For hundreds of years, spirituality and religion played significant roles in medicine. Indeed, the church originally issued medical licenses to physicians, many of whom were monks or priests. The first hospitals were built by built by religious groups. But, with the advances in medicine and technology, religion and spirituality existed only on the periphery of medical practice.
In the last decades of the 20th century, the pendulum began to slowly swing back. Research in the field showed that not only were spirituality and religious beliefs important parts of many people’s lives, but they also had an impact on a person’s physical and mental health. “Medicine is inherently an emotional, psychological and existential experience,” said Horace DeLisser, MD, of Medicine. “Spirituality is a part of people’s identify. Understanding these beliefs helps to better care for patients and form relationships.”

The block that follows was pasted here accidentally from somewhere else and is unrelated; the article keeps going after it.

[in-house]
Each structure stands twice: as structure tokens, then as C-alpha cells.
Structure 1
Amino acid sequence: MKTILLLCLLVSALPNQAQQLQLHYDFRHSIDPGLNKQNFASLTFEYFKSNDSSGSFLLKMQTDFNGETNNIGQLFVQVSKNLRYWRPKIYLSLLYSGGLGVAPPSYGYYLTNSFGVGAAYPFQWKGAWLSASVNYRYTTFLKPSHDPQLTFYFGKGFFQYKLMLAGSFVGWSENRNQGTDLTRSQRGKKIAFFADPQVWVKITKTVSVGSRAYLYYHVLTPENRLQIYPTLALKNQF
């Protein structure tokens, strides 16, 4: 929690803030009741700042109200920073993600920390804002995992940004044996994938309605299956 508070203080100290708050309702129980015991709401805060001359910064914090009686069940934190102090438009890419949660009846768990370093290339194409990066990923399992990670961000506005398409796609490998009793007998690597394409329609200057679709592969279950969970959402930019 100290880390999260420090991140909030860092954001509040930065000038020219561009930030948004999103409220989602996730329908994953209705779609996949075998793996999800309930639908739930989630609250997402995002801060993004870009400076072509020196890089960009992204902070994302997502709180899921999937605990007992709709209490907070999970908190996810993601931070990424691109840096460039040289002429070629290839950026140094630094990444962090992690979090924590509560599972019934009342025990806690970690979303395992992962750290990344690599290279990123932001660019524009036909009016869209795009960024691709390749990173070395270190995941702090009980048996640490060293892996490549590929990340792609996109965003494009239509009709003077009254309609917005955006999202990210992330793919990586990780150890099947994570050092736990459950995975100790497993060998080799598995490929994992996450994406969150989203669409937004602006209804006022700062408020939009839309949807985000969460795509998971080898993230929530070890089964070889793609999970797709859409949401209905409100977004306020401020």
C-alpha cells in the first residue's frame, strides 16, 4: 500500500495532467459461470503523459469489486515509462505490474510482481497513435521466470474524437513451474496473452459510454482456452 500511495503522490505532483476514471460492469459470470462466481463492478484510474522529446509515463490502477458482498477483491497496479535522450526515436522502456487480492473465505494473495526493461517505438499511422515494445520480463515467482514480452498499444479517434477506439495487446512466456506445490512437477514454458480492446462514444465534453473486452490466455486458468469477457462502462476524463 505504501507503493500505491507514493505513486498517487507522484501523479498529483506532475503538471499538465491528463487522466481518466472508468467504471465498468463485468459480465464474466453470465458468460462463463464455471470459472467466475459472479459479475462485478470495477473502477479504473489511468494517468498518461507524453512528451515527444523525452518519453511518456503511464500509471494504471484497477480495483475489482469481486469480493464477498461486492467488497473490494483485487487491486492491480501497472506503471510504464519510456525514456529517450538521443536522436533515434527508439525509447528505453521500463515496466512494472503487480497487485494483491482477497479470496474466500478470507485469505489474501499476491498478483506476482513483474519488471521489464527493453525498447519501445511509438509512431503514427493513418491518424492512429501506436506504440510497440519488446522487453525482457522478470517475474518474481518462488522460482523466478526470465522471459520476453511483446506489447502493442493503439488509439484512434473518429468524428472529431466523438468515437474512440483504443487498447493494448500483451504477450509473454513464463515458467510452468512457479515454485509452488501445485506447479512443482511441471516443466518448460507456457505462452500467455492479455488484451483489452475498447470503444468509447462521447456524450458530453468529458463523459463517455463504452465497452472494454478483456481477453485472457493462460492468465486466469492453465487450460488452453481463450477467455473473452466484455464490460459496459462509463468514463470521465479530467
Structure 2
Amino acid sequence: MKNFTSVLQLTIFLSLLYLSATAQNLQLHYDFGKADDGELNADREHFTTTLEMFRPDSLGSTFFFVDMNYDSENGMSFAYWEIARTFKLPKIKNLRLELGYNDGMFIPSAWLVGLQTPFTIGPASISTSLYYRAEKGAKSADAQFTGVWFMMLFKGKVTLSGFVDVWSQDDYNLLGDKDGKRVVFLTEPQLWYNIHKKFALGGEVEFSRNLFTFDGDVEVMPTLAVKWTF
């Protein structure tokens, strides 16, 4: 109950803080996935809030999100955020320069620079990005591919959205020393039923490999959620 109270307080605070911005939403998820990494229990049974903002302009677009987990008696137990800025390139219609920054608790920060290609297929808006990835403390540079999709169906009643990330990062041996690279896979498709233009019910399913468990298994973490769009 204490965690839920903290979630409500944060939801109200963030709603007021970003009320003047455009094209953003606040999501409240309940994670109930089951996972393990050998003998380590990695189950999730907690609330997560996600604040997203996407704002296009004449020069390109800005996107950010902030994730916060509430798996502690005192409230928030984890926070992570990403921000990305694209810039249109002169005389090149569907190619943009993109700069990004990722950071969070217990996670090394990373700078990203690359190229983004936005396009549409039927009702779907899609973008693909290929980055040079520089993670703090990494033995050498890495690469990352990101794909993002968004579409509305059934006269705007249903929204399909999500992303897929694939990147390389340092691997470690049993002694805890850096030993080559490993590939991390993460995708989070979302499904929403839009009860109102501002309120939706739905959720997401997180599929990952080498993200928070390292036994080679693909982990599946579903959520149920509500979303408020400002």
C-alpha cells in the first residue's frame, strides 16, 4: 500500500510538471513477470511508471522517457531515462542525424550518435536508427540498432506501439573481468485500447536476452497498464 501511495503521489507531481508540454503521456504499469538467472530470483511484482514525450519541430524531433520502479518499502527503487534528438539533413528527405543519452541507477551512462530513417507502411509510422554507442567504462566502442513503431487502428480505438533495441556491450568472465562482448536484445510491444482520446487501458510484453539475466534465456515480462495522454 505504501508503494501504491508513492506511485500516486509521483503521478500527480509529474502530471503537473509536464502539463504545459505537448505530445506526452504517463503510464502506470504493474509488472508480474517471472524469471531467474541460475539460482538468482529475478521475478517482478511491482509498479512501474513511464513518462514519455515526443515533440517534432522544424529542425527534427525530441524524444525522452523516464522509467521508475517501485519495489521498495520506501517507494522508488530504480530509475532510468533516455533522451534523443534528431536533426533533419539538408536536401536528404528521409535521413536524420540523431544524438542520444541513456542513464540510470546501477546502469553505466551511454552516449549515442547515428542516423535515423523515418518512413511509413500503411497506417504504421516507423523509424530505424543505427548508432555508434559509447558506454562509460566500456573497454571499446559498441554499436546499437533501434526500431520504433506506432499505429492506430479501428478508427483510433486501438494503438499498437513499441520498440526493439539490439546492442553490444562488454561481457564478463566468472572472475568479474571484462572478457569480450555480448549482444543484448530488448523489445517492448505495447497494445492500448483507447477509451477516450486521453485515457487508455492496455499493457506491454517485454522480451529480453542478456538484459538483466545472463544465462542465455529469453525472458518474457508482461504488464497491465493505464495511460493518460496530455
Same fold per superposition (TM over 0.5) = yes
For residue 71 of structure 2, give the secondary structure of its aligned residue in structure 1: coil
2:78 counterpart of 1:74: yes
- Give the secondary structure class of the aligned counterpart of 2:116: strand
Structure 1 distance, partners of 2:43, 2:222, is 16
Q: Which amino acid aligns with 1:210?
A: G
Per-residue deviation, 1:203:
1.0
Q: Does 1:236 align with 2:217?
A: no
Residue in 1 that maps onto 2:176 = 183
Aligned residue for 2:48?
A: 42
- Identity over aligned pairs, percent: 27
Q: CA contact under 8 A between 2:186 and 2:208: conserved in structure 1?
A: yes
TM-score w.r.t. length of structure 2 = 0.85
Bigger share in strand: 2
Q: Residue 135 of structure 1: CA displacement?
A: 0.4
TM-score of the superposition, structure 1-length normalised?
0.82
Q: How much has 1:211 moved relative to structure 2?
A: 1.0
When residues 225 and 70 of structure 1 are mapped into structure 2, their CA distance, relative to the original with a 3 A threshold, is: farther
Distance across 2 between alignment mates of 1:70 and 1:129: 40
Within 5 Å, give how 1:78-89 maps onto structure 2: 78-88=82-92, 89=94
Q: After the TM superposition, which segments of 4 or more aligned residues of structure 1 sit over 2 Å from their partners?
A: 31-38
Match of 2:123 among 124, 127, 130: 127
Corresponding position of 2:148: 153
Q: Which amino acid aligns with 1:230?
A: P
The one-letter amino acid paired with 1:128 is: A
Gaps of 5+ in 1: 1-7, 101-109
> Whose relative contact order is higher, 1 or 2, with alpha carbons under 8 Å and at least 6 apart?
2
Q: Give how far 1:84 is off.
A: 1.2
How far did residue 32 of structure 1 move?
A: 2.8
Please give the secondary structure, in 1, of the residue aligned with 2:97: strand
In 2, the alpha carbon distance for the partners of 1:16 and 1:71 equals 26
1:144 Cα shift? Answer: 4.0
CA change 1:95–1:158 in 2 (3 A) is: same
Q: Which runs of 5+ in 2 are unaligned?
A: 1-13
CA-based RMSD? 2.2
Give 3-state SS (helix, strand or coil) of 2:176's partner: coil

A new Certificate in Spirituality and Health at Penn’s Perelman School of Medicine will teach students how to incorporate spirituality into their medical practice – and feel comfortable in that role.